Intel’s recent deal allowing it to manufacture chips that incorporate design features from competitor ARM Holdings has sparked widespread speculation about a further deal with Apple.
The iPhone maker is already rumored to be using wireless modem chips from Intel in the next iteration of its flagship smartphone. Now fresh rumors are emanating from Asia that Intel is bidding to make the core iPhone chip, which uses some ARM features, as well. The current iPhone system on a chip, known as the A9, is manufactured by Samsung and Taiwan Semiconductor. And analysts have said Intel probably could get in on the action within two to three years.
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“Intel has begun to engage with Apple and it aims to grab one or two top-tier customers from TSMC,” Gartner analyst Samuel Wang told the Nikkei Asian Review. Intel would be the “most formidable challenger” for Apple’s chip business, an unnamed senior Taiwanese chip industry executive also told the paper.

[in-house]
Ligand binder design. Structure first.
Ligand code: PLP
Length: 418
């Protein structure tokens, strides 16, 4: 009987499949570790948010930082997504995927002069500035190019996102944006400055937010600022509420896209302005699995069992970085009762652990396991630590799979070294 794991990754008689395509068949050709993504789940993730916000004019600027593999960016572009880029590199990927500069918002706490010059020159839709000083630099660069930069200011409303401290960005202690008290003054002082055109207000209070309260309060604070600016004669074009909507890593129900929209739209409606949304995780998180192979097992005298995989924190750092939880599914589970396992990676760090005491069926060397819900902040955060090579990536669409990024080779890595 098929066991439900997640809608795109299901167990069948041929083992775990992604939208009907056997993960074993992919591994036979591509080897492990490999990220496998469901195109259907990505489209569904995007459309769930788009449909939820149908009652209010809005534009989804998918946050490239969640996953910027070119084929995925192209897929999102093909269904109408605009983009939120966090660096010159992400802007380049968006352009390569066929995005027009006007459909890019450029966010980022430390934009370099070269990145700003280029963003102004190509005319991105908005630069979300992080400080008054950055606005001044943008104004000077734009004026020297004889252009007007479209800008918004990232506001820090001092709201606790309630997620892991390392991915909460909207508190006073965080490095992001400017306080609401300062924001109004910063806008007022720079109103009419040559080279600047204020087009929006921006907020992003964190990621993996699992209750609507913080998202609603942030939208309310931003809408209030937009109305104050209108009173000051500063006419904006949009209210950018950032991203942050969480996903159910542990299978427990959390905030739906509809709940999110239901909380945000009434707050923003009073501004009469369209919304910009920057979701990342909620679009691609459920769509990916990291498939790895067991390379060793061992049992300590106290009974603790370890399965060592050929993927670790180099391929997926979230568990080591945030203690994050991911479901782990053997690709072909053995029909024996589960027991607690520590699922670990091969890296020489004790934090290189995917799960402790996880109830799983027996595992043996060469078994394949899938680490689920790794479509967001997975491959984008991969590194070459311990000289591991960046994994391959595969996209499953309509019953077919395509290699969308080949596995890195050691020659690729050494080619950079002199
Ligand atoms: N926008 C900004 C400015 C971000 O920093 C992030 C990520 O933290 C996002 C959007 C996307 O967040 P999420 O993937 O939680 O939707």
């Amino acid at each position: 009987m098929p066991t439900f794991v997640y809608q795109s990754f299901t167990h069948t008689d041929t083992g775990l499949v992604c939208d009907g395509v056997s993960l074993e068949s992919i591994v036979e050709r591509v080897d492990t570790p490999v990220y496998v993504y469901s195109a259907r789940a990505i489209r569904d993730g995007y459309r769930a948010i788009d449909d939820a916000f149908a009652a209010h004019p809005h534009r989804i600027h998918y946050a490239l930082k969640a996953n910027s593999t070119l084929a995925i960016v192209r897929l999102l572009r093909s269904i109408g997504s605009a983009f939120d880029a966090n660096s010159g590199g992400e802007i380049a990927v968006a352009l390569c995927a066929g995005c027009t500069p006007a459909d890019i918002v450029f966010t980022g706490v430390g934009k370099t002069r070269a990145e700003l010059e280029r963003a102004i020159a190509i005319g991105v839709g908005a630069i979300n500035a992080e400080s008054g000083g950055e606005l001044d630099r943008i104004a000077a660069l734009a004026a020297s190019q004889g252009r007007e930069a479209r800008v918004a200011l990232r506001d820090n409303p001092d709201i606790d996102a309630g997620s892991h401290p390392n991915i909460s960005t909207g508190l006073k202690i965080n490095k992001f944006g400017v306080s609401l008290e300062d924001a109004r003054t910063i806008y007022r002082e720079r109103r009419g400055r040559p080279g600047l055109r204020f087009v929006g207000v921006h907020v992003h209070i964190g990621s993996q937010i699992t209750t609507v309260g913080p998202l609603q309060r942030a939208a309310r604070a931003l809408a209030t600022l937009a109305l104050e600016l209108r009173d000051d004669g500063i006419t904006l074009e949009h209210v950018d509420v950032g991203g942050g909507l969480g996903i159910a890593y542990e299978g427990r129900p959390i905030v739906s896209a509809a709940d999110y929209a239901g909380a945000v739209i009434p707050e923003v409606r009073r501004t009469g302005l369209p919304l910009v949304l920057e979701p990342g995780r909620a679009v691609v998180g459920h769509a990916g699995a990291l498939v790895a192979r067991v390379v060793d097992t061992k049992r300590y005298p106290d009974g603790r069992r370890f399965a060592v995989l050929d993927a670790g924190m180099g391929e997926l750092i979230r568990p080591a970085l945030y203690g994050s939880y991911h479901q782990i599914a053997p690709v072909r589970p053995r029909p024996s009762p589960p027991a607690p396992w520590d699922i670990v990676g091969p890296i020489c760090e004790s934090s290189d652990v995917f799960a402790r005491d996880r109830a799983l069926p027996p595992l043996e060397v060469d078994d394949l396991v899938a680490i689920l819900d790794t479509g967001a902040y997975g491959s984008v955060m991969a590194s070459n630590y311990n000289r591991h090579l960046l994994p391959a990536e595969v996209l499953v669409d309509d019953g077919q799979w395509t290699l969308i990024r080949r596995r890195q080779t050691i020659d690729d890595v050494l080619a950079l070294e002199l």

Under Intel’s deal with ARM (armhf), announced on August 16, Intel will be able to manufacture chips with ARM designs using its new 10 nanometer scale technology for third parties. Phone and appliance maker LG Electronics has already agreed to use Intel for ARM-based chips starting next year.
Still, there are possible hurdles. ARM has licensed certain capabilities to Intel, so highly-customized designs such as Apple’s may not be included. Also, Intel expects to start making 10 nm scale chips next year, but it has already had scheduling setbacks and its latest high-end PC chip family, known as Kaby Lake, is being made at the older 14 nm scale.
When contacted by Fortune, Intel declined to comment.